Graduation Day at Hazyview Digital Learning Centre

On the 19th September 2013, 120 learners graduated at our Hazyview Digital Learning Centre in Tshabalala village, Mpumalanga. The majority of students received their International Computer Driving License (ICDL) Core certificates, but there were also a large number who received ICDL Advanced MS Word certificates as well as certificates of achievement in hospitality service.

Our goal at Good Work Foundation has always been to deliver “relevant” education. Skills that will empower individuals. And skills that will give them the best chance of being competitive in the marketplace. Once the European Computer Driving License (ECDL) course proved it could successfully raise levels of digital literacy throughout Europe, and was exported to the rest of the world (from Romania to Ireland, Italy and Korea), we thought, why not rural spaces in South Africa?

Computer literacy has become a basic competency like writing and reading and it was our mission to deliver that competency to areas on the “periphery”.

How do I describe the atmosphere in the “barn” and under our digital tree on graduation morning?

It was that amazing hybrid between African tradition and western convention that we try to harness at Good Word Foundation. So while we had the academic gowns and hats, the speeches and certificates, we also had joyous ululating from the crowd, Swazi drumming and dancing and unabashed merriment under the digital tree.

Imagine rows and rows of grandmothers (“Gogos”) and grandfathers (“Mkhulus”) who still gather firewood, who still have donkeys and carts, who never owned a landline telephone, let alone a cell phone.

Imagine these people watching their children and grandchildren graduate. Not just any graduation though. A graduation that means that these young people are proficient at preparing a word document or a spreadsheet. They can type and search the web. They can order new shoes for their grandparents online!

They have become “digital”, an almost sci-fi concept for the majority of residents in this area. Something that people in the city do, not subsistence farmers in the “country”.

70 of the mostly young graduates (the average age was between 19 and 30) enrolled in the year-long ICDL course thanks to generous bursaries from Absa bank and when Alfred Nkosi – the Absa spokesman – stood in front of the crowd to speak, he reminded them that he grew up in a time where there was no email, no internet and no smart phones.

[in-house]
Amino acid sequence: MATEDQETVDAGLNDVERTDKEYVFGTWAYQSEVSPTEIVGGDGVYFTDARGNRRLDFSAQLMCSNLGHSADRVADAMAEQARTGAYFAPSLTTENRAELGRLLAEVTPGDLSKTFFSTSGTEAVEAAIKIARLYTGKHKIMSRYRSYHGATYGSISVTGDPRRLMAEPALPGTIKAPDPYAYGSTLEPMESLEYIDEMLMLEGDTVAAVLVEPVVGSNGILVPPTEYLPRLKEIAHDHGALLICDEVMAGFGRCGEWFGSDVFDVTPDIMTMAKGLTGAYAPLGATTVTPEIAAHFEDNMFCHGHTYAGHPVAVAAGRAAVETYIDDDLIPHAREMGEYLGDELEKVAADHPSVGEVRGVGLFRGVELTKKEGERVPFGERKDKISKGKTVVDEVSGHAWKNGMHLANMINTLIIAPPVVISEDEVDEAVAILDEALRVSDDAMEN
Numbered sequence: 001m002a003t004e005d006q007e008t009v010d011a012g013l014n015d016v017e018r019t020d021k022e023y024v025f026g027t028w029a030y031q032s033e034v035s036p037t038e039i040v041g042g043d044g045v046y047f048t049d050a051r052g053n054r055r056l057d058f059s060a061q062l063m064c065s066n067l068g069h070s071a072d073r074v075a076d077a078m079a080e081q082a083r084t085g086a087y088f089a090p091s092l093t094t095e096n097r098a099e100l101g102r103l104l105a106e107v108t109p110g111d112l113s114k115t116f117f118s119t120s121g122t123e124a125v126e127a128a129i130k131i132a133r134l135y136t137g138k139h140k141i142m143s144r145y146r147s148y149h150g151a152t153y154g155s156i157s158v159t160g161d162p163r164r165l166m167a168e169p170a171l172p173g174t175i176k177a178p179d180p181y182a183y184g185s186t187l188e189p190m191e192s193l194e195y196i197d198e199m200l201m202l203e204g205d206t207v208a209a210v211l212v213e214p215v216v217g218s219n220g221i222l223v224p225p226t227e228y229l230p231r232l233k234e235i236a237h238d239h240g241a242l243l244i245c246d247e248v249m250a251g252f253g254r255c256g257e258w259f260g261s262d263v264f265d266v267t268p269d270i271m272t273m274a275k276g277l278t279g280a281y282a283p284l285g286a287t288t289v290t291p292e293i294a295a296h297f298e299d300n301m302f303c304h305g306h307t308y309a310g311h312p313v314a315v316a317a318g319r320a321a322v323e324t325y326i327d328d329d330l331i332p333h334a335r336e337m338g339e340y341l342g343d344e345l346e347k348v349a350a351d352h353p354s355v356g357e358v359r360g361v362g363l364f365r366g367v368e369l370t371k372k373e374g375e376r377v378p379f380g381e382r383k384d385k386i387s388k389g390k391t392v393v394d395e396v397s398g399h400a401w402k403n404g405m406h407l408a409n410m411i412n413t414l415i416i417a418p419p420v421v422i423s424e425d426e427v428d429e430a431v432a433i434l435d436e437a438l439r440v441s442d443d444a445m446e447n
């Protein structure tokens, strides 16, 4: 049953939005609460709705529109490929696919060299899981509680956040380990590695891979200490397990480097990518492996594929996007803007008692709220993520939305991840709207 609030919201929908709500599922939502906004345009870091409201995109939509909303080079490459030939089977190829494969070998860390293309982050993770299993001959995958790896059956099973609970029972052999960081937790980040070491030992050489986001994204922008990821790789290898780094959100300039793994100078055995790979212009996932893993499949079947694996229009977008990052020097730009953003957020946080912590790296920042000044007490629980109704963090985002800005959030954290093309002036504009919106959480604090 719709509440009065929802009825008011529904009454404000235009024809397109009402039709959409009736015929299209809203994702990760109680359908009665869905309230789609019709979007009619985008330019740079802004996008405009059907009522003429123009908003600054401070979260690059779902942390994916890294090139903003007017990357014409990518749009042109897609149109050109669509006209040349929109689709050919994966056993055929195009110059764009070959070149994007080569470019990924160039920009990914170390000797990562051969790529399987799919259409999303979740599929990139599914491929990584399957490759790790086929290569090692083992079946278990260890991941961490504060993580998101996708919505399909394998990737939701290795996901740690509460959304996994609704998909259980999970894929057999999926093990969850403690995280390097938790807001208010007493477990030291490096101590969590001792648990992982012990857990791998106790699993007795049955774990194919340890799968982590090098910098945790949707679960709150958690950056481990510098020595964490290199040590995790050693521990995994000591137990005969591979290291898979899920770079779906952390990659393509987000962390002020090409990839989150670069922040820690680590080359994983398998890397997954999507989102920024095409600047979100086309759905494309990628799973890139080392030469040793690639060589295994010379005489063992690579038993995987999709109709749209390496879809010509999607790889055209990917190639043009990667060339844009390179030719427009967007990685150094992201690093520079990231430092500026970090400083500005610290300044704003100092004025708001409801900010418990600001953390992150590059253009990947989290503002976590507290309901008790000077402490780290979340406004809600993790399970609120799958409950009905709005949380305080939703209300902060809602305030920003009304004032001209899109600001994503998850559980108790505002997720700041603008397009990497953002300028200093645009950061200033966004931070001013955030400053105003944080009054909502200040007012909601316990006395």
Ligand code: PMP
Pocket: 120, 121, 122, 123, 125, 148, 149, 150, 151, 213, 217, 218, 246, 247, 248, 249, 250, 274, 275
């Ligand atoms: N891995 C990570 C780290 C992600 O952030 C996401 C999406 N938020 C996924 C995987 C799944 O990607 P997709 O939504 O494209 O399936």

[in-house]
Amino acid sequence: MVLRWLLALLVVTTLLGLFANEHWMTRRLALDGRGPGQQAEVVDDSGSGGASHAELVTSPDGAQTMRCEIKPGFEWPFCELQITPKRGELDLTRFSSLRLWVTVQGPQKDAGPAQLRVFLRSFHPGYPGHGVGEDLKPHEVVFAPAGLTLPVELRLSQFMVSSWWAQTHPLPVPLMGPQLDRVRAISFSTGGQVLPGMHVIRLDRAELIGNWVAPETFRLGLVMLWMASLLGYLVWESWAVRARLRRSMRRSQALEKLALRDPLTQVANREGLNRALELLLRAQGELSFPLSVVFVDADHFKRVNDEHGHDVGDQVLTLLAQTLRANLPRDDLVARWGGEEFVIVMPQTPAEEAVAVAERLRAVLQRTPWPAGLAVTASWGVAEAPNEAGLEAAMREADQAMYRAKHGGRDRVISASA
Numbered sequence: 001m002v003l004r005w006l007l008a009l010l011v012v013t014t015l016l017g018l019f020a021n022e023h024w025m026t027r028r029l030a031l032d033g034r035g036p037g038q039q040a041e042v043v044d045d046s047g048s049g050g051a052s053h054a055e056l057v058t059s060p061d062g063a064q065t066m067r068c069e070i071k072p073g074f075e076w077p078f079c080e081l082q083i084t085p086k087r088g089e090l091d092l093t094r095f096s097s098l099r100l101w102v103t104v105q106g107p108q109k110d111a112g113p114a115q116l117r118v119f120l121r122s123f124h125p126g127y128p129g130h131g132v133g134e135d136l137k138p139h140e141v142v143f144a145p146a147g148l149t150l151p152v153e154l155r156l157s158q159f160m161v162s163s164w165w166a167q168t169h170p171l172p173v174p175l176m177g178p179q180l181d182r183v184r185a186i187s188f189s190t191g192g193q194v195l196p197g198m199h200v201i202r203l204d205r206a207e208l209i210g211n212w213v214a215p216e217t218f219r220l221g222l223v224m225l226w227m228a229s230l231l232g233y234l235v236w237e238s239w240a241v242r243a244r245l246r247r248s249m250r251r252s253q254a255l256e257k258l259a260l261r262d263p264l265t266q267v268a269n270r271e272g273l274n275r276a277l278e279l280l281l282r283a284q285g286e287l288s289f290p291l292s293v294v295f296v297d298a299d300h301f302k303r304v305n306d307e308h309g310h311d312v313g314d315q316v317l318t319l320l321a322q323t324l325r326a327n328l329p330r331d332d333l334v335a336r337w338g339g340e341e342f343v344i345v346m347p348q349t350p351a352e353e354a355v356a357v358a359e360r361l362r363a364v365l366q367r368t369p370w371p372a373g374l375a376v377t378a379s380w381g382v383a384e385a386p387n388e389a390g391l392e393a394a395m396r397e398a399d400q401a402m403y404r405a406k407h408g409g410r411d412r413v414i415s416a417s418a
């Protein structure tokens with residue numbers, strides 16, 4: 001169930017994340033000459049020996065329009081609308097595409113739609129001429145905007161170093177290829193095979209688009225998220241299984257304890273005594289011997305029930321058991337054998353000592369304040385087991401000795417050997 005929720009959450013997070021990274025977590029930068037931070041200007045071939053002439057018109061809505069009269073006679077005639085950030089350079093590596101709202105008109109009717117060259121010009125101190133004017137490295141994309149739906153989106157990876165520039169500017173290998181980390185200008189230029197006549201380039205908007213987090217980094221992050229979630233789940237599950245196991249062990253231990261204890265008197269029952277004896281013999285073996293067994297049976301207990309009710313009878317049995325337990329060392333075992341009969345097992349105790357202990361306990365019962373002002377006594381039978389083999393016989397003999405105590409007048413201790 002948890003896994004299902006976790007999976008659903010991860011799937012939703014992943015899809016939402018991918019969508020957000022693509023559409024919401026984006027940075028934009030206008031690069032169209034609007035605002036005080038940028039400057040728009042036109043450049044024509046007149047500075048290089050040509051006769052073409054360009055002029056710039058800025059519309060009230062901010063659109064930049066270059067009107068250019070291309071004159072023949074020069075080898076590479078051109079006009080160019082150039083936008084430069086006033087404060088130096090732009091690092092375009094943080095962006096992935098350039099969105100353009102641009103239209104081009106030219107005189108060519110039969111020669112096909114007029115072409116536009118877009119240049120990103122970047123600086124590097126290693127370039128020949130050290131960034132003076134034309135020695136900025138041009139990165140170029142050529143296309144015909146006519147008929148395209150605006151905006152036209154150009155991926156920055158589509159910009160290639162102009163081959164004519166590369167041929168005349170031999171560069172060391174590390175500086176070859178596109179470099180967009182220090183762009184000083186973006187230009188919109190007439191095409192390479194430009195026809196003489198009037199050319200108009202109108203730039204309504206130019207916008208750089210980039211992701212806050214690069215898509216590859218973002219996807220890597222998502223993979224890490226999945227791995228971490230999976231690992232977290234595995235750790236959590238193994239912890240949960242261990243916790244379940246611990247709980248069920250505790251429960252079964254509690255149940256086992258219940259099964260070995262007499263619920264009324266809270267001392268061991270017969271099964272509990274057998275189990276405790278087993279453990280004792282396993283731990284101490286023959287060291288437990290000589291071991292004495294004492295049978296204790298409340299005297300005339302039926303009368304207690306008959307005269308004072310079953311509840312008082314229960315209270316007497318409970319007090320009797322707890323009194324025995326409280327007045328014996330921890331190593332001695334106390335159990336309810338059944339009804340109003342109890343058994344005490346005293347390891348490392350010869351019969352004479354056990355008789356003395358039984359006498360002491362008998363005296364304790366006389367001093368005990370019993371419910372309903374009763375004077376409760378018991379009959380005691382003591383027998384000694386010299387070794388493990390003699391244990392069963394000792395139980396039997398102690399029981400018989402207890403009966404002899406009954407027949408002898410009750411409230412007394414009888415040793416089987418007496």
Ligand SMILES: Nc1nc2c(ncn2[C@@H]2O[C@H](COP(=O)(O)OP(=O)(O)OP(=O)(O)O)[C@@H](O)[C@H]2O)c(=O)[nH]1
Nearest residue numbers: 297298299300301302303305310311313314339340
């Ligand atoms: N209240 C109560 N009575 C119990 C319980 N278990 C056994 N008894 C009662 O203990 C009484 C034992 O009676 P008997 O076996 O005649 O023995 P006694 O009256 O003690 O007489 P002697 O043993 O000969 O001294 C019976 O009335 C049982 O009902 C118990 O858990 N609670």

Arthur wrote letters to his wife (with an ink-filled pen). And when he became interested in geology, Google and Wikipedia were not an option.

From his rural town on the border of Mozambique, Arthur would write a letter to an “information centre” in Johannesburg, requesting that he be loaned any books they might have on the subject, “introduction to geology.”

If the letter was received, if the centre had books that covered the requested topic, if they deemed Arthur a responsible recipient, only then would he be granted access to the information. Think about access to information today. What is so special about geology in South Africa’s Mpumalanga province? I bet you’ll find the answer (and further reading) in under five minutes.

But Arthur’s speech went beyond the technology. He reminded the graduates that with knowledge and education comes a responsibility: where possible, encourage your peers to advance their careers, and where possible, put your talent back into your own community. And perhaps most importantly, Arthur said

“Don’t look for a job. Create a job.”

I don’t need to say thank you to Absa on behalf of the students. They did that themselves. The graduation gowns and mortarboards, the beaming smiles and tears of joy.

And I am happy to announce that for the 2013/2014 academic year, Absa has agreed to increase the number of students that they sponsor from 70 to 200.

Thank you to Alfred Nkosi, Arthur Mbambalala and Rapule Mahlangu who attended the graduation as representatives of Absa Bank and more importantly, friends of Hazyview Digital Learning Centre.

Thank you also to our team at Hazyview. The last brick was laid over a year ago and already you have established yourselves as an intelligent, capable and sensitive team who are teaching, but also mentoring, guiding and encouraging.

And as for those “bricks”, this graduation would not have been possible without our partnership with T-Systems, a South African company that has shared our vision from the beginning and donated 3.7 million rand to the building of this world-class centre in Tshabalala.

Lastly, to all of our graduates, Hazyview Digital Learning Centre is your school forever.

If you are the young people who are going out into the world, I am confident that we are building a stronger society.

Kind regards and all the best,

Kate Groch